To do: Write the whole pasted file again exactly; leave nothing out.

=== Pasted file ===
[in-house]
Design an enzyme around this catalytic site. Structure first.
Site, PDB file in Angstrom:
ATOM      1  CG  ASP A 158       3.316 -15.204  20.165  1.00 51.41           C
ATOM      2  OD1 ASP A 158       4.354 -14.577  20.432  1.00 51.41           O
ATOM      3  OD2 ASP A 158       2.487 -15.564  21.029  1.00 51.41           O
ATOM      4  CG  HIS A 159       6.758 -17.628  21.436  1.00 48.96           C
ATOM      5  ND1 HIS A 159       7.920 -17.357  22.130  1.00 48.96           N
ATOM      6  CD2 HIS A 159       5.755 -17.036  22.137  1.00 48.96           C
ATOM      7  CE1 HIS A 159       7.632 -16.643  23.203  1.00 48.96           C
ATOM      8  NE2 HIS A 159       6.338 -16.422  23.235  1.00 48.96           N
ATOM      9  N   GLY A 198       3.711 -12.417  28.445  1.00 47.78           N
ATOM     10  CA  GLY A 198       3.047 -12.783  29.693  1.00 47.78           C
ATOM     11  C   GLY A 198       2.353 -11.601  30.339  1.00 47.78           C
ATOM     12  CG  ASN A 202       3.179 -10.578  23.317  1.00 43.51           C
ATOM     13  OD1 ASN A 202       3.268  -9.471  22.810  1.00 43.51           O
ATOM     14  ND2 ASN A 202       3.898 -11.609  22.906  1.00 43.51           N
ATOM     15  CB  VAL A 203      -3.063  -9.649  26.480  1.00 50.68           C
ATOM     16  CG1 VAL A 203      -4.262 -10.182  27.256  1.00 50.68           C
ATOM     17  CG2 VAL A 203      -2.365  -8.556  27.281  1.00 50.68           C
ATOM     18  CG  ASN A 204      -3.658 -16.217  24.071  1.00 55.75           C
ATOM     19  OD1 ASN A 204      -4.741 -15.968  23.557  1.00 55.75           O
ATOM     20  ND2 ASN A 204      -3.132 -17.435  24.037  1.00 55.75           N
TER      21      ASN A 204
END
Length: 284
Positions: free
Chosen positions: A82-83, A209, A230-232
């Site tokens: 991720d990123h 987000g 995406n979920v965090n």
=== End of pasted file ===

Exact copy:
[in-house]
Design an enzyme around this catalytic site. Structure first.
Site, PDB file in Angstrom:
ATOM      1  CG  ASP A 158       3.316 -15.204  20.165  1.00 51.41           C
ATOM      2  OD1 ASP A 158       4.354 -14.577  20.432  1.00 51.41           O
ATOM      3  OD2 ASP A 158       2.487 -15.564  21.029  1.00 51.41           O
ATOM      4  CG  HIS A 159       6.758 -17.628  21.436  1.00 48.96           C
ATOM      5  ND1 HIS A 159       7.920 -17.357  22.130  1.00 48.96           N
ATOM      6  CD2 HIS A 159       5.755 -17.036  22.137  1.00 48.96           C
ATOM      7  CE1 HIS A 159       7.632 -16.643  23.203  1.00 48.96           C
ATOM      8  NE2 HIS A 159       6.338 -16.422  23.235  1.00 48.96           N
ATOM      9  N   GLY A 198       3.711 -12.417  28.445  1.00 47.78           N
ATOM     10  CA  GLY A 198       3.047 -12.783  29.693  1.00 47.78           C
ATOM     11  C   GLY A 198       2.353 -11.601  30.339  1.00 47.78           C
ATOM     12  CG  ASN A 202       3.179 -10.578  23.317  1.00 43.51           C
ATOM     13  OD1 ASN A 202       3.268  -9.471  22.810  1.00 43.51           O
ATOM     14  ND2 ASN A 202       3.898 -11.609  22.906  1.00 43.51           N
ATOM     15  CB  VAL A 203      -3.063  -9.649  26.480  1.00 50.68           C
ATOM     16  CG1 VAL A 203      -4.262 -10.182  27.256  1.00 50.68           C
ATOM     17  CG2 VAL A 203      -2.365  -8.556  27.281  1.00 50.68           C
ATOM     18  CG  ASN A 204      -3.658 -16.217  24.071  1.00 55.75           C
ATOM     19  OD1 ASN A 204      -4.741 -15.968  23.557  1.00 55.75           O
ATOM     20  ND2 ASN A 204      -3.132 -17.435  24.037  1.00 55.75           N
TER      21      ASN A 204
END
Length: 284
Positions: free
Chosen positions: A82-83, A209, A230-232
């Site tokens: 991720d990123h 987000g 995406n979920v965090n």